In the meantime, Laura drives around the streets of Glasgow (note:  not New York, not L.A., not Chicago, Detroit, etc.), scanning the streets for prey, normally lonely or vulnerable men she can convince to come for a ride in her van, and bring them back to her place.  Initially, she's cold.  Her eyes are empty, her actions deliberate, almost machine-like.  But as this alien assumes its human role, it finds out what it's like to be human.  She's cold and calculating, notably in one scene on a beach where a small family is frolicking in the water, at least at first, and she executes her mission with iciness where sexy persuasion fails her.  At this point in the movie, some might stop watching.  When I said this movie is challenging, this is one of the things that I meant.  Things in this movie are meant to make you uncomfortable, to feel.   And in fact, whether she wants to or not, Laura is on a trajectory that will force her to feel, as well.  To be human means to do as much, and she discovers as things progress that it's unavoidable.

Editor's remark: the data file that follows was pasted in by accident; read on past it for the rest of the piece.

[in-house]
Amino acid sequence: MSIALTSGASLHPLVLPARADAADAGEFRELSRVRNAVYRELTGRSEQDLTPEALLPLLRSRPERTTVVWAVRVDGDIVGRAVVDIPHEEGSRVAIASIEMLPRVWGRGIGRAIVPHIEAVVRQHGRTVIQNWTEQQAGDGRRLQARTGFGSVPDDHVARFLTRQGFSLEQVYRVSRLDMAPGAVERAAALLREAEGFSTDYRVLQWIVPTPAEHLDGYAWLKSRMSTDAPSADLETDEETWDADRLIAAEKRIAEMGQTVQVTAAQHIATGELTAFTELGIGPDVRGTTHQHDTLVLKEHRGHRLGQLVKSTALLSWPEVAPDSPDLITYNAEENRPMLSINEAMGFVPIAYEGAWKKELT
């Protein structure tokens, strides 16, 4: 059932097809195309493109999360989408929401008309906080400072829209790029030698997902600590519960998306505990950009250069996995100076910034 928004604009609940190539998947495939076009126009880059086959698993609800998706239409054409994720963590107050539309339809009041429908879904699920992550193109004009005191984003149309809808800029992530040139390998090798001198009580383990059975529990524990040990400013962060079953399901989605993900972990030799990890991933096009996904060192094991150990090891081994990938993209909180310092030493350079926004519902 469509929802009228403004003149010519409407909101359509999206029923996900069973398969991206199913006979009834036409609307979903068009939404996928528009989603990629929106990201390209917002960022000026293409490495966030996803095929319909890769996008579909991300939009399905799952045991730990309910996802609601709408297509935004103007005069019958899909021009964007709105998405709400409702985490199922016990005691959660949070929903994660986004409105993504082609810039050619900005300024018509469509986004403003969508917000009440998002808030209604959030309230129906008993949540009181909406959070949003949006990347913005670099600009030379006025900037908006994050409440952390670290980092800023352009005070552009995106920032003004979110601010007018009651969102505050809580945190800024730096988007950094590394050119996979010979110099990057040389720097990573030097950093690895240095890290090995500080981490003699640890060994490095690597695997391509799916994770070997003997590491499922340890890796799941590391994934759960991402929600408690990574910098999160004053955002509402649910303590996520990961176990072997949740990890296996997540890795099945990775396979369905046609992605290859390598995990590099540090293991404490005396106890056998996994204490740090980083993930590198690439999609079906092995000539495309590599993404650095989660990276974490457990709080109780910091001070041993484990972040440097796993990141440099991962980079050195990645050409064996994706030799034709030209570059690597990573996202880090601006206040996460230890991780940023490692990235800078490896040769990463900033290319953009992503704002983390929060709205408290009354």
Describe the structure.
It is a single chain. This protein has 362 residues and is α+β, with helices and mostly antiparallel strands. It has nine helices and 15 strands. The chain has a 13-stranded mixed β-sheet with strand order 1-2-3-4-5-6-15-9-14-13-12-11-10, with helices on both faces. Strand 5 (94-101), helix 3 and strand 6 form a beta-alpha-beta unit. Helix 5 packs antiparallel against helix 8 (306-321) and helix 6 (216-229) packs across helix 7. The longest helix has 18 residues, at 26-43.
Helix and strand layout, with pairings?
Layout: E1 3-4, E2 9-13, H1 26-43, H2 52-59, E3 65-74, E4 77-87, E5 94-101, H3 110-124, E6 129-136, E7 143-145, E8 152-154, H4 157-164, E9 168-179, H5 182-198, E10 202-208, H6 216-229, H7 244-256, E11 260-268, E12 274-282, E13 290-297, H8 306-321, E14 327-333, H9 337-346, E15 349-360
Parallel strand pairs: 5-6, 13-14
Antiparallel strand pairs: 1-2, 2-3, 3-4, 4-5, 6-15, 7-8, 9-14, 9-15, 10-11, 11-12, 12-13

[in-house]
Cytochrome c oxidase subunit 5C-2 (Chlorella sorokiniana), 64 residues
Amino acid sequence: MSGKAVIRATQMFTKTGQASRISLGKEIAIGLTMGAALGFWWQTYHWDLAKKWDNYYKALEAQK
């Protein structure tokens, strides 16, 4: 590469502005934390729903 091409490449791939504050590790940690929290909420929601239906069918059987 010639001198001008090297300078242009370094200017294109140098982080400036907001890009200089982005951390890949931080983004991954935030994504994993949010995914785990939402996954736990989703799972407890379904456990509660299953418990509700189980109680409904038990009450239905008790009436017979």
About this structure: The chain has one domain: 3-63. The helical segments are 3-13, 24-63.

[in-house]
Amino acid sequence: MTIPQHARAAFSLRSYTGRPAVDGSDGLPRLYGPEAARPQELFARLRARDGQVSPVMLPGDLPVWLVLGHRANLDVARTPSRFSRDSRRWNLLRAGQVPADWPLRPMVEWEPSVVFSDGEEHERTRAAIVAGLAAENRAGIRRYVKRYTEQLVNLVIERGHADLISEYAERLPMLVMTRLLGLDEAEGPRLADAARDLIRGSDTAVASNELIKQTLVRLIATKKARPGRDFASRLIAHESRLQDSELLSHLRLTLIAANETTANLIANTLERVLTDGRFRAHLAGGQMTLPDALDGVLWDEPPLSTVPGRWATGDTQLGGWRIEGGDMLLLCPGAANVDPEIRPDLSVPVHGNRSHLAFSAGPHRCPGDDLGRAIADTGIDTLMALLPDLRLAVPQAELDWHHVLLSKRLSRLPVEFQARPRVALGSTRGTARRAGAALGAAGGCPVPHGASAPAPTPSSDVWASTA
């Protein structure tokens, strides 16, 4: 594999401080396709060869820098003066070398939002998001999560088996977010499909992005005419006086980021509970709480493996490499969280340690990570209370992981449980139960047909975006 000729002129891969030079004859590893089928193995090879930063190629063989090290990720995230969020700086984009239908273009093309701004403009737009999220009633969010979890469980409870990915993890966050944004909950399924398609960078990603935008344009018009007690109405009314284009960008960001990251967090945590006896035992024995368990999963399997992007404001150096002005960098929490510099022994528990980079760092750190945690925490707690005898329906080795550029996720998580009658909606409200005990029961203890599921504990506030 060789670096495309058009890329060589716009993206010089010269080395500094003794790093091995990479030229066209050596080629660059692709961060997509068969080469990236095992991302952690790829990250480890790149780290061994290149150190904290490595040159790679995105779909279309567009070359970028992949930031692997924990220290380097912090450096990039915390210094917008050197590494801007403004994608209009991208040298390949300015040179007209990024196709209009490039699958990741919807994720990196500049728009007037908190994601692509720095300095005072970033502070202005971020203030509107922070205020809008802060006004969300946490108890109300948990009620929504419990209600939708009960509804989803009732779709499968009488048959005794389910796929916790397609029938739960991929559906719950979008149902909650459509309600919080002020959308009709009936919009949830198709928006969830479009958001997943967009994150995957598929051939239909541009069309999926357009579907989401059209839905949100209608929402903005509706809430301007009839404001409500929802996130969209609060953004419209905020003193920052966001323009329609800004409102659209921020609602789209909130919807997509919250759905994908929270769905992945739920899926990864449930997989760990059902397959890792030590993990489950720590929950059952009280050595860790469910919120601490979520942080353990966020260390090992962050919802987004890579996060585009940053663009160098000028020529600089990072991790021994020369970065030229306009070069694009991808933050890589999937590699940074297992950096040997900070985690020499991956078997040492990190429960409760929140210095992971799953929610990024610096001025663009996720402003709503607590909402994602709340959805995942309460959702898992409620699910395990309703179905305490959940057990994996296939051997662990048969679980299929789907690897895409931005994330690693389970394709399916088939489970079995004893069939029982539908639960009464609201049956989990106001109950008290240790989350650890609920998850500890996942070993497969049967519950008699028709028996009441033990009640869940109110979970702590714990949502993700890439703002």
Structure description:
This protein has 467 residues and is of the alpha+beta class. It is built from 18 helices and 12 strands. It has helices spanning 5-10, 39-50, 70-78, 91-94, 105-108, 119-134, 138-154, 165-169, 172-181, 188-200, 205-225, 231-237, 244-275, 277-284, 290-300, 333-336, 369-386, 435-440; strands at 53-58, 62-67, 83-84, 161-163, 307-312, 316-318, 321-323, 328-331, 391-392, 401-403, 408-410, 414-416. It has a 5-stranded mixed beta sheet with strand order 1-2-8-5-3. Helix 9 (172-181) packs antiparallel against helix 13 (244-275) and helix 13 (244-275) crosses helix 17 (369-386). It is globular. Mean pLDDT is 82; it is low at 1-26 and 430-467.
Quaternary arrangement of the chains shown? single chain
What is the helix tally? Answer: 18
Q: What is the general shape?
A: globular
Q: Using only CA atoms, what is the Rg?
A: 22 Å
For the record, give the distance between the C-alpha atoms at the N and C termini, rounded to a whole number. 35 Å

In fact, the more she experiences humanity, the more it seems she wants to be human.  She even shows mercy to a victim she traps, a man with elephant man disease, as he's swallowed in the black pool; she sees her reflection in a mirror, spies a fly trapped in a screen, and then we see the man suddenly free and running in a field, naked.  At least for a time.

She slips and falls on the street, and people surround her with concern and offers to help her, and she seems bewildered at their offers.  She winds up on a bus with not much clothing for the weather, and is approached by a man to help her; he brings her to his house, comforts her, feeds her, and gives her the freedom to do as she chooses.  Laura seems taken aback by it all, as if it's a foreign behaviour to her.  But it also seems that she may be adapting, or trying to.  Maybe wanting to.  One by one, she experiences the signatures of what it is to be human:  need, want, desire, empathy, guilt, trust, betrayal, and finally, fear.